WALNUT CREEK, Calif. (KGO) -- The biggest health care strike in U.S. history is inching closer to happening. Out of the 75,000 Kaiser Permanente workers who could walk the picket line, 60,000 of them work at Kaiser facilities in California including many here in the Bay Area. Both sides are still at the bargaining table.
Union member Priscilla Opfermann helps coordinate patient care at Kaiser's Walnut Creek Medical Center. She believes the pandemic pushed health care workers like her to the brink. She says she now gets emotional seeing patients.
"The way that it's looking, we're going to be out there tomorrow at 6 a.m.," Opfermann said. "The big items we need to discuss that the short-staffing crisis get taken care of - are not being brought to the table."
Health care workers are poised to strike at Kaiser Permanente facilities over unfair labor practices for three days, from 6 a.m. Wednesday through 6 a.m. Saturday.
John August is a conflict resolution expert who was on the former Kaiser union negotiating team, and is now at Cornell University. He says, "Patients will feel an immediate impact, especially if they need lab work, diagnostic imaging, pharmacy and vision care and so on because most of the employees who are the bulk of the workers in those facilities would be on strike."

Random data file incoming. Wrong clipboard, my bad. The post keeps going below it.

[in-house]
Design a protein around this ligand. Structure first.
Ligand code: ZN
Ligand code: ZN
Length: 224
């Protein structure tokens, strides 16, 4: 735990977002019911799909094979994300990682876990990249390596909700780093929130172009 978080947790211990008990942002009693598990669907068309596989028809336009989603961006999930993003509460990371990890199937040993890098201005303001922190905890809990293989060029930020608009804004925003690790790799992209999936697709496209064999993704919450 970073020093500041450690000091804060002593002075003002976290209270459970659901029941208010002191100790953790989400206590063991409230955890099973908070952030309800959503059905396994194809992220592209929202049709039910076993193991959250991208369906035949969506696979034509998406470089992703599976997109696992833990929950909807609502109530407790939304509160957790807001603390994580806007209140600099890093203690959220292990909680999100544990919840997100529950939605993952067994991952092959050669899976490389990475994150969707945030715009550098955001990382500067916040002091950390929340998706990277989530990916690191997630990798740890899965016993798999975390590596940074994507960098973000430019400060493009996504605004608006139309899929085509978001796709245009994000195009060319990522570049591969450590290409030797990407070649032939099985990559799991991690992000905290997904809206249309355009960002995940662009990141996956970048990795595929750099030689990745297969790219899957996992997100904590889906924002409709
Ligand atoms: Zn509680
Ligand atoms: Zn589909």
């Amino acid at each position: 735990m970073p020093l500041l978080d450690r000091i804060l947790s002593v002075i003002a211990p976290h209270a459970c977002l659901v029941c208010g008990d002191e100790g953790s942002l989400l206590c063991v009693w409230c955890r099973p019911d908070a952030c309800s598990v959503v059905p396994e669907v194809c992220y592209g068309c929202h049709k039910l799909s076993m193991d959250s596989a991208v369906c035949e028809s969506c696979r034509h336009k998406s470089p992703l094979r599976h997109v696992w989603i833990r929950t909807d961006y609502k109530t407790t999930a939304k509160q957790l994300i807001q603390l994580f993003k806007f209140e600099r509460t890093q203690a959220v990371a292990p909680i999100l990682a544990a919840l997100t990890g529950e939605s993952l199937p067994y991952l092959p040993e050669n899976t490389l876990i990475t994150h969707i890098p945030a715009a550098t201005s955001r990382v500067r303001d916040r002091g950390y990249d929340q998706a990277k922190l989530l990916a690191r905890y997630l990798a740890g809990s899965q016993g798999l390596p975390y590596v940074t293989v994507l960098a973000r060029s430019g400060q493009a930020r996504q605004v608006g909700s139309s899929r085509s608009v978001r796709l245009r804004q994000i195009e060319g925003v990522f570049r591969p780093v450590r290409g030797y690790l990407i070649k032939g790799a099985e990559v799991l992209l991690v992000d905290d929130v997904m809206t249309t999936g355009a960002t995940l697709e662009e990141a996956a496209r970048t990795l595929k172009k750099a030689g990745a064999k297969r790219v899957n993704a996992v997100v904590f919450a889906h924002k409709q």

He says while doctors and registered nurses will be ready to go, hospital disruptions could possibly include clerical staff, meal service and housekeeping, which affects infection control.
Kaiser Permanente, in a statement, said to mitigate the impact of a strike they have plans to expand Kaiser's network of pharmacies to include neighborhood locations, will reschedule some non-emergency and elective procedures and are onboarding critical care professionals to work during a strike.
"Kaiser Permanente has an obligation to do those things," August said. They certainly want to provide those services during the strike but it's not going to be easy."
In a statement, Kaiser told ABC7 News that while talks are ongoing, several provisions have already been reached.
Two other Bay Area unions have approved a sympathy strike. IFPTE local 20 and OPEIU local 29 workers say they will also walk off the job in solidarity -- they include technical employees, clinical lab scientists and home health therapists.
"I think that this strike should be seen - should it occur - as a national problem that affects everyone in health care," August said.
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